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Number of results: 55
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Abstract

Investment casting technology that utilizes lost-wax casting is one of the most-important achievements of ancient society. In Lower Silesia, Poland (Grzybiany, Legnica county), a 7-6 BC casting workshop was discovered with numerous artifacts, confirming the existence of the manufacturing process of metal ornaments using ceramic molds. The paper presents the research of molds and casts from the Bronze and Early Iron Ages. Microscopic analyses of the casting molds were performed, along with radiographic and chemical composition tests of the artifacts (the latter employing the use of the X-ray fluorescence spectroscopy method). The clustering method was used for alloy classification. The microstructure was analyzed by means of Scanning Electron Microscopy with Energy Dispersive Spectroscopy. Conclusions from the research were utilized in further experiments
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Abstract

Bending strength, thermal and electric conductivity and microstructure examinations of Cu based composite materials reinforced with Saffil alumina fibres are presented. Materials were produced by squeeze casting method applying the designed device and specially elaborated production parameters. Applying infiltration pressure of 90MPa and suitable temperature parameters provided manufacturing of copper based composite materials strengthened with Saffil alumina fibres characterized by the low rest porosity and good fibre-matrix interface. Three point bending tests at temperatures of 25, 100 and 300ºC were performed on specimens reinforced with 10, 15 and 20% of Saffil fibres. Introduced reinforcement effected on the relatively high bending strengths at elevated temperatures. In relation to unreinforced Cu casting strength of composite material Cu – 15vol.% Saffil fibres increase by about 25%, whereas at the highest applied test temperature of 300o C the improvement was almost 100%. Fibres by strengthening of the copper matrix and by transferring loads from the matrix reduce its plastic deformation and hinder the micro-crack developed during bending tests. Decreasing of thermal and electrical conductivity of Cu after incorporating fibres in the matrix are relatively small and these properties can be acceptable for electric and thermal applications.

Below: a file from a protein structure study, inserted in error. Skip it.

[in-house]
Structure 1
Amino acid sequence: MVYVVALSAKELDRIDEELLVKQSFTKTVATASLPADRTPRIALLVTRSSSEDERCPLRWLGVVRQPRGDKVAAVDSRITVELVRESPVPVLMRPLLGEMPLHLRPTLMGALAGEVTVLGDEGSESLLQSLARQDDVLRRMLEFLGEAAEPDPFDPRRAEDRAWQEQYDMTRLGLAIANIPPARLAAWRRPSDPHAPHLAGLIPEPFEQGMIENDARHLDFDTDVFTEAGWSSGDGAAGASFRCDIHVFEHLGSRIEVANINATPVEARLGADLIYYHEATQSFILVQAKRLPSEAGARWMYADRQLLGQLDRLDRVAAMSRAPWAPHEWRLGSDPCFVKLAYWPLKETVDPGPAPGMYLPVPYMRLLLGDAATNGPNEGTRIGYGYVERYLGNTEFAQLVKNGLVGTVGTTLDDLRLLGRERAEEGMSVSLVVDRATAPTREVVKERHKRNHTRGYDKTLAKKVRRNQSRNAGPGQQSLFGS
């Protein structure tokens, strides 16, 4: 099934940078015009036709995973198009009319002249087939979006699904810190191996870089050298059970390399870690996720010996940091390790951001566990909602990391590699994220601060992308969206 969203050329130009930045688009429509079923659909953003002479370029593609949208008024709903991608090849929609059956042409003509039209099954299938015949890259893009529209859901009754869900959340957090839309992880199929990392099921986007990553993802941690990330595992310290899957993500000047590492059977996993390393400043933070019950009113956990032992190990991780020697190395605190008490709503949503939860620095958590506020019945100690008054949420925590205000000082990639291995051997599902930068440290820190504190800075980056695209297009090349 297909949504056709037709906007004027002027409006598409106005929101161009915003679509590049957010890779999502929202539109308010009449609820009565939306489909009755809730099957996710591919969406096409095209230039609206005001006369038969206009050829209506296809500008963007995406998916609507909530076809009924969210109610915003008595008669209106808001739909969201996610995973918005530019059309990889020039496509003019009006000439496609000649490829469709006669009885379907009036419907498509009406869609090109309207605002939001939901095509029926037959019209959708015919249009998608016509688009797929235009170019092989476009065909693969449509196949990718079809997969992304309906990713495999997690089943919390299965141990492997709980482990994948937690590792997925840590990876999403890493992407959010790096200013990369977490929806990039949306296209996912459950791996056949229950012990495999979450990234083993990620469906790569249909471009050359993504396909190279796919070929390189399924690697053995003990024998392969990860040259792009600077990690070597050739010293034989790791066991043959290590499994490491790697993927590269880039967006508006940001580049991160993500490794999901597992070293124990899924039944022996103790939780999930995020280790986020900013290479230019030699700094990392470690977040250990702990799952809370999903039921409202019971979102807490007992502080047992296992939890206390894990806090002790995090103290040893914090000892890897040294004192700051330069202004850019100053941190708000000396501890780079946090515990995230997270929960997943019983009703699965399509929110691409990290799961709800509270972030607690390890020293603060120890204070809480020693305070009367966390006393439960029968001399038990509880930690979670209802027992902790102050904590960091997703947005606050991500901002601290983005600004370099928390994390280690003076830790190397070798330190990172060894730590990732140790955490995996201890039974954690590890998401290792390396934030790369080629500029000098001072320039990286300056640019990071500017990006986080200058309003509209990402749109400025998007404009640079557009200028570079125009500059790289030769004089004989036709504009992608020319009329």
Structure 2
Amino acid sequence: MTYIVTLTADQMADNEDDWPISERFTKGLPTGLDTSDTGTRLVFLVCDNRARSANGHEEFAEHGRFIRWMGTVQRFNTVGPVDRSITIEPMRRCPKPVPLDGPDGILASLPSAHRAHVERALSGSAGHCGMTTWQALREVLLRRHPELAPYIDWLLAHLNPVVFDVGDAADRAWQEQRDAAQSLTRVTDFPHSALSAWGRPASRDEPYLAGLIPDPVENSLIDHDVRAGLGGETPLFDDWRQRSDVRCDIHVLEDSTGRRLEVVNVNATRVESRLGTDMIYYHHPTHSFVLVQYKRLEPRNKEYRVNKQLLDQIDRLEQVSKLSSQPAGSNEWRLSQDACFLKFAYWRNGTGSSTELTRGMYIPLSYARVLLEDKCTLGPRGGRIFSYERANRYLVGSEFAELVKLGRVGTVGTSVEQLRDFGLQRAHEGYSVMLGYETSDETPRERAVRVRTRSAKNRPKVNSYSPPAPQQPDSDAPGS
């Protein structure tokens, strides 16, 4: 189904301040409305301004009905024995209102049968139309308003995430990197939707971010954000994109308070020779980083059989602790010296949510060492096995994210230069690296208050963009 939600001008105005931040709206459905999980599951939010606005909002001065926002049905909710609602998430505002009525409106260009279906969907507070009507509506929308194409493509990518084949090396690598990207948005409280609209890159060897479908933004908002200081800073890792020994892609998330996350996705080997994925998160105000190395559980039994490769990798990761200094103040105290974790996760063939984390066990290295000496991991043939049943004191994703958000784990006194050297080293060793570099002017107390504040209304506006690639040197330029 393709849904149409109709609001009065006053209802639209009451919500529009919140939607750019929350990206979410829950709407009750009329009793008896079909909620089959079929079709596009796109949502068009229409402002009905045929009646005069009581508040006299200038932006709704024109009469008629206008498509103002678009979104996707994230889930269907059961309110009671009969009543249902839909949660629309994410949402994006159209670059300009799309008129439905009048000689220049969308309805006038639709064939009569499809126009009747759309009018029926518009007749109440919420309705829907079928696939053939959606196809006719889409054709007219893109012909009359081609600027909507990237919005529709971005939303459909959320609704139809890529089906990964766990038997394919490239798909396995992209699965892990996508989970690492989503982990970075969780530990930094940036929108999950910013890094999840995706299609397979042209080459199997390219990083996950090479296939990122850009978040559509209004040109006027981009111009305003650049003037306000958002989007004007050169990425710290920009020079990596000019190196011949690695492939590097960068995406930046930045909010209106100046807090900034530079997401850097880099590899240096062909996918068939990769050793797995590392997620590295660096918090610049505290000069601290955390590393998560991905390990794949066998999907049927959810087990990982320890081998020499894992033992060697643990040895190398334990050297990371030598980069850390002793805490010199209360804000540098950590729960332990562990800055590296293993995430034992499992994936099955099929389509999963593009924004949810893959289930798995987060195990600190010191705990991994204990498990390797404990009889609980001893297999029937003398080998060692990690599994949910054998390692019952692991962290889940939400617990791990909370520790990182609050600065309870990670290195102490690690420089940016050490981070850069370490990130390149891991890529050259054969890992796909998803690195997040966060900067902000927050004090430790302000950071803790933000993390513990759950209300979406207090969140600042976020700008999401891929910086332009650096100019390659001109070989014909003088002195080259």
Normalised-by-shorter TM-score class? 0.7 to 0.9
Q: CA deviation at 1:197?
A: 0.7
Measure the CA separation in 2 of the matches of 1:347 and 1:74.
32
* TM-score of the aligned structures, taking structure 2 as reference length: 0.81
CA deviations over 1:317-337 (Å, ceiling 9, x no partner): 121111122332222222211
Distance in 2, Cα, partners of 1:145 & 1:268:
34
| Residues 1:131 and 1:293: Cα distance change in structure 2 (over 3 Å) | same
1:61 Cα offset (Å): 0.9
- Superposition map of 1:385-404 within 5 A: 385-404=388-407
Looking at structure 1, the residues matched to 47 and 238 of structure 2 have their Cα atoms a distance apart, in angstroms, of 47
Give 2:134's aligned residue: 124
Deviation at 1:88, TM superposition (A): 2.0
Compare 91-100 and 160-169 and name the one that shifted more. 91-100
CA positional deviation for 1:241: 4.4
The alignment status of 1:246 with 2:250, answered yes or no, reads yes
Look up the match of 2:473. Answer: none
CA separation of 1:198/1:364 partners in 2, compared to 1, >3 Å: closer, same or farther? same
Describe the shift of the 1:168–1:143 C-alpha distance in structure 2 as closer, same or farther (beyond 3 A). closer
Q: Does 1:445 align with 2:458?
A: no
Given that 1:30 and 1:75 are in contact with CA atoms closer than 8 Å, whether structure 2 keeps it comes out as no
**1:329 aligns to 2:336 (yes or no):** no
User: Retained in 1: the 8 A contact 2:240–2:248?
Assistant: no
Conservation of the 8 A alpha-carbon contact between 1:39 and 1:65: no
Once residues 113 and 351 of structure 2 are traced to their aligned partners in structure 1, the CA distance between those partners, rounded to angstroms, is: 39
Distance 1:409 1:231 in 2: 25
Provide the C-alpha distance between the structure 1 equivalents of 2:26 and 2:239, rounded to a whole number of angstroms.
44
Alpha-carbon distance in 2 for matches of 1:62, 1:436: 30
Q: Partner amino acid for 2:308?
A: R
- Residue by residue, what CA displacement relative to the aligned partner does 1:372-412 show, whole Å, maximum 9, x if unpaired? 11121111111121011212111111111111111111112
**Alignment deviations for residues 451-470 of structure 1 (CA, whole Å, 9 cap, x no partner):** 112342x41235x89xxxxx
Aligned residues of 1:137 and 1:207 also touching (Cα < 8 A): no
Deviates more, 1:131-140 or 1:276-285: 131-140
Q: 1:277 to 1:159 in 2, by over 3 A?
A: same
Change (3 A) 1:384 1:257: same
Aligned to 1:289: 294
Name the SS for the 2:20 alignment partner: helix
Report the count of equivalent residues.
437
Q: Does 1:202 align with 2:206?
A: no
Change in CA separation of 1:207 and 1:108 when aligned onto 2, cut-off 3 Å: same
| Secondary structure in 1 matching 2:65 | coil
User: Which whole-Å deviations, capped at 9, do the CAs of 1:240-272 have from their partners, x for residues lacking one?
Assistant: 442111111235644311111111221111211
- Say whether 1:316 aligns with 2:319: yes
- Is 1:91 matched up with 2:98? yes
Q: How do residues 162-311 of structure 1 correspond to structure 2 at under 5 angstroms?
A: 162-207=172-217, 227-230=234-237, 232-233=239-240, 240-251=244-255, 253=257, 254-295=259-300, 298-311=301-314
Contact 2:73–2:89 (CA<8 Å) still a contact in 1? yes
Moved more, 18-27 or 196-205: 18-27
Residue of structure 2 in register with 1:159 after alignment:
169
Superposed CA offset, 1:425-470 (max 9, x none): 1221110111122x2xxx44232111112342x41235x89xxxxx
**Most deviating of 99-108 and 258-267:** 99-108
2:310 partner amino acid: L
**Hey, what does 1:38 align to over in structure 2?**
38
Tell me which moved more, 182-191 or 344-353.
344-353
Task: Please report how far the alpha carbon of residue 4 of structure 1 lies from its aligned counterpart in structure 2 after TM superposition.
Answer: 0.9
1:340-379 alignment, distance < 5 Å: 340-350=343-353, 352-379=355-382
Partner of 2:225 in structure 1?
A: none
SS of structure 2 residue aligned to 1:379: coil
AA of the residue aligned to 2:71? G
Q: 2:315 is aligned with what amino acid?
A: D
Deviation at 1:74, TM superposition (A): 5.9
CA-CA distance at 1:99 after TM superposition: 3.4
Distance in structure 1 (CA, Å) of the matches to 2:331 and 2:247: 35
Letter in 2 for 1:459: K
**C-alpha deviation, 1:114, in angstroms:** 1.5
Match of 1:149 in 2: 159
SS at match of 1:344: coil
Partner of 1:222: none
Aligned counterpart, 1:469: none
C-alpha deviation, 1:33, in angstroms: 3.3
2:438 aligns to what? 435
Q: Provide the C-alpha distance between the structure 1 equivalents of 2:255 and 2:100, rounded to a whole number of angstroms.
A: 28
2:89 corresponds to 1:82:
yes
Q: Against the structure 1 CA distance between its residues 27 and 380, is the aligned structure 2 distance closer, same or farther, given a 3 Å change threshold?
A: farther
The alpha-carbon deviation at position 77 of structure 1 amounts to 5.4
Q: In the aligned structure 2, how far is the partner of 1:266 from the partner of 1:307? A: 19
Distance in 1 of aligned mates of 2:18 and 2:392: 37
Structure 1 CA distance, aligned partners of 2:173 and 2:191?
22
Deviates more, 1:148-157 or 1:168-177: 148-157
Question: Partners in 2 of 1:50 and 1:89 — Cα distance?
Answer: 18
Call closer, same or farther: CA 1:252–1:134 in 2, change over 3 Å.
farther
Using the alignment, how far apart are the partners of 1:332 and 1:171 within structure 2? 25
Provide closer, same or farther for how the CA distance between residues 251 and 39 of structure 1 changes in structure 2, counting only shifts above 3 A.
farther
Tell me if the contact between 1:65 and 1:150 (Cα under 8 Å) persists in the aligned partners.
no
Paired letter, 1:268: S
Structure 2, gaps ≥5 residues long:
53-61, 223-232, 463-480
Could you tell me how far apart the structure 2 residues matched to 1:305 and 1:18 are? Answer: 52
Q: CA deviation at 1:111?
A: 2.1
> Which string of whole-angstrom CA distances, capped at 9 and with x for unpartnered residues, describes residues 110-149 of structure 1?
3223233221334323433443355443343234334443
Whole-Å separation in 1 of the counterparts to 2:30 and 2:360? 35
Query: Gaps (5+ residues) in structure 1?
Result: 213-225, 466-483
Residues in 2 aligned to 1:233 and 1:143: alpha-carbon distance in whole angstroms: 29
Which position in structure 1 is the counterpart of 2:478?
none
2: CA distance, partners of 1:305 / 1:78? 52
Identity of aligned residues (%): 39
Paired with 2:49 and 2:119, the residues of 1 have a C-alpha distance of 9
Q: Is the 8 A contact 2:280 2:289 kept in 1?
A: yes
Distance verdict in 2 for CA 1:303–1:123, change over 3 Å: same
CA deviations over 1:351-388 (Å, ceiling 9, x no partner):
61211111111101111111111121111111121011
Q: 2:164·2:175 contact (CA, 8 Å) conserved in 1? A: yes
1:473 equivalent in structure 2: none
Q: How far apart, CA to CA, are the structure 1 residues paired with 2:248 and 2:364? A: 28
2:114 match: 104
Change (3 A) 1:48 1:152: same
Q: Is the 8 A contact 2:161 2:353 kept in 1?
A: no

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Abstract

Nil strength temperature of 1062°C and nil ductility temperature of 1040°C were experimentally set for CuFe2 alloy. The highest formability at approx. 1020°C is unusable due to massive grain coarsening. The local minimum of ductility around the temperature 910°C is probably due to minor formation of γ-iron. In the forming temperatures interval 650-950°C and strain rate 0.1-10 s–1 the flow stress curves were obtained and after their analysis hot deformation activation energy of 380 kJ·mol–1 was achieved. Peak stress and corresponding peak strain values were mathematically described with good accuracy by equations depending on Zener-Hollomon parameter.
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Abstract